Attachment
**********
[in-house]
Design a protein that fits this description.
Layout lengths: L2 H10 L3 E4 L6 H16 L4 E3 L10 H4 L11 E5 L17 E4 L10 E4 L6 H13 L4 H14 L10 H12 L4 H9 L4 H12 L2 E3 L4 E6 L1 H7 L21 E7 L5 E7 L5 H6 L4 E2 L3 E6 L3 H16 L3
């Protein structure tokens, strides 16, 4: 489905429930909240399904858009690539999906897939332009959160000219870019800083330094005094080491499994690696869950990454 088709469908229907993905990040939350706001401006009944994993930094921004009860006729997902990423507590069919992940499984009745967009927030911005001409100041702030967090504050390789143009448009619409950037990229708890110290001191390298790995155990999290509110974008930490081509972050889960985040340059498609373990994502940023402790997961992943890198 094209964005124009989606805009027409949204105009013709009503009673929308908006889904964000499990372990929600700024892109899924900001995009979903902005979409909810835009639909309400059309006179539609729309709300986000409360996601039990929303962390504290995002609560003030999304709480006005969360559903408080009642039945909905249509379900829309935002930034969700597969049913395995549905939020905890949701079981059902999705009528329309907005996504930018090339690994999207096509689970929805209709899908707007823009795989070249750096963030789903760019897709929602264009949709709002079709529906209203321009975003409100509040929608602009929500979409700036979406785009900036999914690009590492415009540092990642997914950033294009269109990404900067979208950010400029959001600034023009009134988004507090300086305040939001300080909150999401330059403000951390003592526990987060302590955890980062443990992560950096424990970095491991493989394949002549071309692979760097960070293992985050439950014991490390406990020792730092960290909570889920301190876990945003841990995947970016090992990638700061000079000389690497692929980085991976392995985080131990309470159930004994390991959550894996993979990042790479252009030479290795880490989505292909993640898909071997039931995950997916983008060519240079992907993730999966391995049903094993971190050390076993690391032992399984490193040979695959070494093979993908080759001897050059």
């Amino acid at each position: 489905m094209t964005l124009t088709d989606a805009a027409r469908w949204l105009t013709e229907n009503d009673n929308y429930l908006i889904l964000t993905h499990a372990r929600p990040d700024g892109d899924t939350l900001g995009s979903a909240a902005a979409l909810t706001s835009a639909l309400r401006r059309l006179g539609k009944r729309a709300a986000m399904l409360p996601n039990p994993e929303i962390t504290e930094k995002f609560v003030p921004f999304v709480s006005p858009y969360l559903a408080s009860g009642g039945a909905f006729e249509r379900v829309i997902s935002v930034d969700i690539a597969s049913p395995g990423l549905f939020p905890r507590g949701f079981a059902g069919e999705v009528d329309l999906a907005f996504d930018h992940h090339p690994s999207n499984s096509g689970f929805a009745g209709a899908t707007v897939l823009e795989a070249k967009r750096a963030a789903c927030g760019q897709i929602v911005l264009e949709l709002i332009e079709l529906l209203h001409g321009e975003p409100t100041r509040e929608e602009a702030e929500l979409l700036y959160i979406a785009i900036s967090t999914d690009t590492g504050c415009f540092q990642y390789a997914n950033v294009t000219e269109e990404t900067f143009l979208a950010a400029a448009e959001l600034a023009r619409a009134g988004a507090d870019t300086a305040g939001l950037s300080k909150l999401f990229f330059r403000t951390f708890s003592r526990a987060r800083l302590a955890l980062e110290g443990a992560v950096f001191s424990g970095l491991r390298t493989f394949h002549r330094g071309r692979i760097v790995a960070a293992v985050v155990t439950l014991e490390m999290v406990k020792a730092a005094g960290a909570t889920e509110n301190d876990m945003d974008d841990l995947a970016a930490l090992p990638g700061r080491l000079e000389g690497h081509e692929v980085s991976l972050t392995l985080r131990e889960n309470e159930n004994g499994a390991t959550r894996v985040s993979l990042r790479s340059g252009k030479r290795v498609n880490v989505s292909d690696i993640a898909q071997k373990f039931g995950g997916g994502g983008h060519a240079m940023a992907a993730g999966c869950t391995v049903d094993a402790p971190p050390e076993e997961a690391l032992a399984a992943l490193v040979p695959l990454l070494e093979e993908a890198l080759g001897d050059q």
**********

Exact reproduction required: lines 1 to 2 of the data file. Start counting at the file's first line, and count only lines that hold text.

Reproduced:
[in-house]
Design a protein that fits this description.